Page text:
History WesternAnimation / TheAmazingWorldOFGumball

23rd Jun '16 6:51:08 PM ParkedCarAnne
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The series received a twenty-episode second season before the eighteen-episode first season even premiered, another twenty-episode third season shortly after the second season premiere, and two more twenty-episode seasons right before the third season premiere, bringing its total to 49 hours (a little over two days) worth of episodes. It got a "sneak peek" (i.e., the first of two episodes) in the UK on May 2nd, 2011, and in the US on May 3. The official US premiere was May 9 and the UK on September 5th. The show is currently in its 4th season and has been renewed up to season five, which will air, according to the creators, "sometime in 2017."

to:

The series received a twenty-episode second season before the eighteen-episode first season even premiered, another twenty-episode third season shortly after the second season premiere, and two more twenty-episode seasons right before the third season premiere, bringing its total to 49 hours (a little over two days) worth of episodes. It got a "sneak peek" (i.e., the first of two episodes) in the UK on May 2nd, 2011, and in the US on May 3. The official US premiere was May 9 and the UK on September 5th. The show is currently in its 4th season and has been renewed up to season five, which will air, according to the creators, "sometime in 2017."
" On June 22n, 2016, it was announced that the show was renewed for a sixth season.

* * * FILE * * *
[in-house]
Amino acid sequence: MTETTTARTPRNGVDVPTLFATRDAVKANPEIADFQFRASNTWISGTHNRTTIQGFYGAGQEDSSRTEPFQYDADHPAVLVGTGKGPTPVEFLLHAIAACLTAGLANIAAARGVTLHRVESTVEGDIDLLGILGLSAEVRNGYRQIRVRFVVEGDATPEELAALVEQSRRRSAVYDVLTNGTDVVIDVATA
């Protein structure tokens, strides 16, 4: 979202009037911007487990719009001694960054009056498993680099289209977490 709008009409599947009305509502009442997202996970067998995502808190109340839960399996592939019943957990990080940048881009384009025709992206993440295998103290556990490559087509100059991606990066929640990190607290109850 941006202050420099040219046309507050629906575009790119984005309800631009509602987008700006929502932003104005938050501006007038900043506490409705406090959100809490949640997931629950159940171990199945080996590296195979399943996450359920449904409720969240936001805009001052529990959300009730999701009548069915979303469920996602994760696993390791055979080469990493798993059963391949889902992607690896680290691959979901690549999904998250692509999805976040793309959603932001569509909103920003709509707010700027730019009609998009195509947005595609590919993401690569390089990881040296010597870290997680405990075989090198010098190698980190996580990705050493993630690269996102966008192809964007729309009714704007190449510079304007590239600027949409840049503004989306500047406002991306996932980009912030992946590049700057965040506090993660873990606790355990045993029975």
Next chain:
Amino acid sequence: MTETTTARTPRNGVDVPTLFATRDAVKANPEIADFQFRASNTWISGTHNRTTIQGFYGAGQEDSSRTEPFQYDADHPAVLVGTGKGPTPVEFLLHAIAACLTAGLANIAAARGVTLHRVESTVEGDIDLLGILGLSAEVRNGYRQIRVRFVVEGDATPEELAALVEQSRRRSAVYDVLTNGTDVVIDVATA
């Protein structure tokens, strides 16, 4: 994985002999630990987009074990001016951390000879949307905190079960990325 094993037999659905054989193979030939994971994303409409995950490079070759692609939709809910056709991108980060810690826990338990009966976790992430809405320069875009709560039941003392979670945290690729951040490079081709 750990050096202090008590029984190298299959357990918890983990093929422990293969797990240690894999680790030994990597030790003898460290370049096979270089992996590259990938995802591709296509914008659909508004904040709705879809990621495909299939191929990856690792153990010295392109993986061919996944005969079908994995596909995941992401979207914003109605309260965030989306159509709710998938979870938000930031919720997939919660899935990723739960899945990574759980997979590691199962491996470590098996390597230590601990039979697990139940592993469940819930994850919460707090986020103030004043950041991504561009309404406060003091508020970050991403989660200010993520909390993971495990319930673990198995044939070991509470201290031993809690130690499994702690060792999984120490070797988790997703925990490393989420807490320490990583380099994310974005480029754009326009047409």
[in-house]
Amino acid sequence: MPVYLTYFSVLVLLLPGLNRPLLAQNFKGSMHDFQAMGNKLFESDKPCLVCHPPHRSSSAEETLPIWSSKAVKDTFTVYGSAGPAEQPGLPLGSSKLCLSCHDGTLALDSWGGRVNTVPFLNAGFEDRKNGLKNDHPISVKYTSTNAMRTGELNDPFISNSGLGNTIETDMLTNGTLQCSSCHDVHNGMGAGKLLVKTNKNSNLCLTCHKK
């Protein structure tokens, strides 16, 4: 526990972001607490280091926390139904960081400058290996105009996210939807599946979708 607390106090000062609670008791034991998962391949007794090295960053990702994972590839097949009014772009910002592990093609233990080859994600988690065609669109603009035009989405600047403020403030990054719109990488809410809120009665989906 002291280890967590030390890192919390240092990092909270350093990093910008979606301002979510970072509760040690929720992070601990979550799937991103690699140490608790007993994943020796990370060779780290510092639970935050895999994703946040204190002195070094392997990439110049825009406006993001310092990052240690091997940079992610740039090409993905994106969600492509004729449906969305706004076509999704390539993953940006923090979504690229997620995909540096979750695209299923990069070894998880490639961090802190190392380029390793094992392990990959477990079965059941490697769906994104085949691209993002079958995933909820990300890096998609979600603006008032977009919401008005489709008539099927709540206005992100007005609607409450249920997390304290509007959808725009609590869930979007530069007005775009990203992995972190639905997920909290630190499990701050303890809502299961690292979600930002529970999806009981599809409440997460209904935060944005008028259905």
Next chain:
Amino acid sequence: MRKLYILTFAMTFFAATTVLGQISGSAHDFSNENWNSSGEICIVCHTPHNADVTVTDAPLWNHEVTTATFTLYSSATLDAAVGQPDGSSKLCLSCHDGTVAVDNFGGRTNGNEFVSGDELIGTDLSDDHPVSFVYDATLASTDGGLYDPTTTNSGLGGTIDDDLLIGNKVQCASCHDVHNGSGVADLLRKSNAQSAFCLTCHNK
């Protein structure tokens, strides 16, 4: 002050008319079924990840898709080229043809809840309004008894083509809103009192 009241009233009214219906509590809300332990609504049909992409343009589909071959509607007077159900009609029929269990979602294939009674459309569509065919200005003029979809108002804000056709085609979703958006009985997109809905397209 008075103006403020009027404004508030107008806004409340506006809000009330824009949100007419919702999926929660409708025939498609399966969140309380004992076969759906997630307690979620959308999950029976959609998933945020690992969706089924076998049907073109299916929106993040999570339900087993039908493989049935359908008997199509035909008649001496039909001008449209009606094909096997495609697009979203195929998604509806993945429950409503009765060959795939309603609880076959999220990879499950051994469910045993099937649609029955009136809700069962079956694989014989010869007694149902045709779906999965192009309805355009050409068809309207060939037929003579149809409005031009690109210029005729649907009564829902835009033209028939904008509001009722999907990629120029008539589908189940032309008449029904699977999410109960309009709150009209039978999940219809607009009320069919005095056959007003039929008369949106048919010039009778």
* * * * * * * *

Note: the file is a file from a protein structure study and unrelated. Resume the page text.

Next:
* CrapsaccharineWorld: On the one hand, Elmore is a colorful world filled with cartoon characters animated in different styles where the impossible is possible. On the other hand, Elmore is pretty much an exaggerated take on 21st century American society, where the [[SuckySchool education system is a joke]], TheWorldIsAlwaysDoomed, crime is rampant and the PoliceAreUseless, everyone is addicted to the Internet and social media, and the [[JerkassBall jerkass]] and IdiotBall get tossed around with surprising frequency. The only differences between this and the real world is that ToonPhysics enhances all of these problems and there's a surprising amount of BlackComedyCannibalism (since most of the people in Elmore are based on food products, like Banana Joe, Sarah G. Lato, Anton the slice of toast, and the town's police force).

to:

* CrapsaccharineWorld: On the one hand, Elmore is a colorful world filled with cartoon characters animated in different styles where the impossible is possible. On the other hand, Elmore is pretty much an exaggerated take on 21st century American society, where the [[SuckySchool education system is a joke]], TheWorldIsAlwaysDoomed, TheWorldIsAlwaysDoomed (often because of The Wattersons' antics), crime is rampant freely committed by anyone and everyone and the PoliceAreUseless, everyone is addicted to the Internet and social media, and the [[JerkassBall jerkass]] and IdiotBall get tossed around with surprising frequency. The only differences between this and the real world is that ToonPhysics enhances all of these problems and there's a surprising amount of BlackComedyCannibalism (since most of the people in Elmore are based on food products, like Banana Joe, Sarah G. Lato, Anton the slice of toast, and the town's police force).



** Series director Mic Graves' name has been seen on everything from books and logos to TV appearances (cf. the talk show called ''The Jack Dingle Show'' that has the topic "Mic Graves Ate My Hamster").

to: